COLUMBUS, Ohio (AP) — Ohio has decided to kill a much-derided plan to collect accidental welfare overpayments going back to at least 1985, a top official said Thursday.
Ohio Department of Jobs and Family Services Director Michael Colbert said the state is returning to its previous policy of collecting debts up to 10 years old. However, he said, the state would only go after overpayments resulting from fraud not from a mistake on the state's part.
"It's not the time now to go back 20 years, unless it's a fraudulent situation," he said. "If it's not fraud, we don't need to go back to very vulnerable people who might be trying to make a transition. Logistically, it is very hard to track."
The decision was made in late 2010 to extend the collection period for state welfare overpayments indefinitely to mirror a change made by the federal government.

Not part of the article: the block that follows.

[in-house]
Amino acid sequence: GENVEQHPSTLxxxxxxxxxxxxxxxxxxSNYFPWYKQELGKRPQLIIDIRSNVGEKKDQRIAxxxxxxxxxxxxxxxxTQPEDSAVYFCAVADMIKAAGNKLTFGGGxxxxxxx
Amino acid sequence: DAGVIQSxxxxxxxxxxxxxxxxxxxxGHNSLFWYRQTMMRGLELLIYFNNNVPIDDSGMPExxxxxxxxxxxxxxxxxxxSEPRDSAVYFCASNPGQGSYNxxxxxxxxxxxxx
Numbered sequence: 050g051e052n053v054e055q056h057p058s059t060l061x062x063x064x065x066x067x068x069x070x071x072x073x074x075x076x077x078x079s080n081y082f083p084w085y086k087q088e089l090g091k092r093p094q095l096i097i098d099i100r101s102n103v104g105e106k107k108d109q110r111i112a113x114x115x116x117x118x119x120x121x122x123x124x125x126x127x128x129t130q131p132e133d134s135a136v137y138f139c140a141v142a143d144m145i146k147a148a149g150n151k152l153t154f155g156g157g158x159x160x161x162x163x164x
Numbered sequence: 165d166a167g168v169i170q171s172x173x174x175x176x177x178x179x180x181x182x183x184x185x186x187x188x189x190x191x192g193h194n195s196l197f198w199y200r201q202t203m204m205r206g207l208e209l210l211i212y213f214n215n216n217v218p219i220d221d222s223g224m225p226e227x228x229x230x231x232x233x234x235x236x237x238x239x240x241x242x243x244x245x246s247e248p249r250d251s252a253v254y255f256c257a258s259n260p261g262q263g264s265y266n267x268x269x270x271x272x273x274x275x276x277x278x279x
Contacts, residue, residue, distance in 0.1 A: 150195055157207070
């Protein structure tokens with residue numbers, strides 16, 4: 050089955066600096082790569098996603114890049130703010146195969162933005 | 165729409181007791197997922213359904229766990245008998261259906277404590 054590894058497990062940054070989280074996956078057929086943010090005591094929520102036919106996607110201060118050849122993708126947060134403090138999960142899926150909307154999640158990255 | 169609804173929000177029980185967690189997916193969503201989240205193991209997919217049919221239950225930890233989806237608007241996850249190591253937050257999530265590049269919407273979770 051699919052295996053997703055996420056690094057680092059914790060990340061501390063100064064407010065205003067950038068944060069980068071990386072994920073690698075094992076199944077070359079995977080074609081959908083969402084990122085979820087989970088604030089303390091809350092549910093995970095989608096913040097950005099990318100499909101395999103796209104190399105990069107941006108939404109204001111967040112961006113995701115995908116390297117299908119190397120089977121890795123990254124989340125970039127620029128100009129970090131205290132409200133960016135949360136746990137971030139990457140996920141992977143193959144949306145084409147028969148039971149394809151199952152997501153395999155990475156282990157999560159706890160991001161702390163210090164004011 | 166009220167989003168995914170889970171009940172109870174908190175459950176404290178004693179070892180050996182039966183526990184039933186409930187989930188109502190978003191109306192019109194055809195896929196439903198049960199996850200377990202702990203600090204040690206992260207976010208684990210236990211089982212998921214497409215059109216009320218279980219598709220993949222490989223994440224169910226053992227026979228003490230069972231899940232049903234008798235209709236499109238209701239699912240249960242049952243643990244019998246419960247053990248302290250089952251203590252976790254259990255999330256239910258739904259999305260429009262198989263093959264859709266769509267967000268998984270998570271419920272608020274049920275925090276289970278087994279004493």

At the time, Colbert was the department's chief fiscal officer. But he said he was not consulted about the decision. He later was appointed head of the department when Gov. John Kasich took office.
"We think it (the decision to collect old overpayments indefinitely) impacts a very vulnerable population, and my position is this population doesn't need this as public policy," Colbert said.
The decision to extend the collection period was widely criticized by advocates for the poor. It mostly affected Ohioans making 70 percent of the federal poverty level, or about $400 a month.
Colbert said his department realized the 2010 change was in effect when residents started calling his office about it. He said the department's automated system started sending letters three to four weeks ago. The change to extend the collection period was put into the computer in 2010, he said.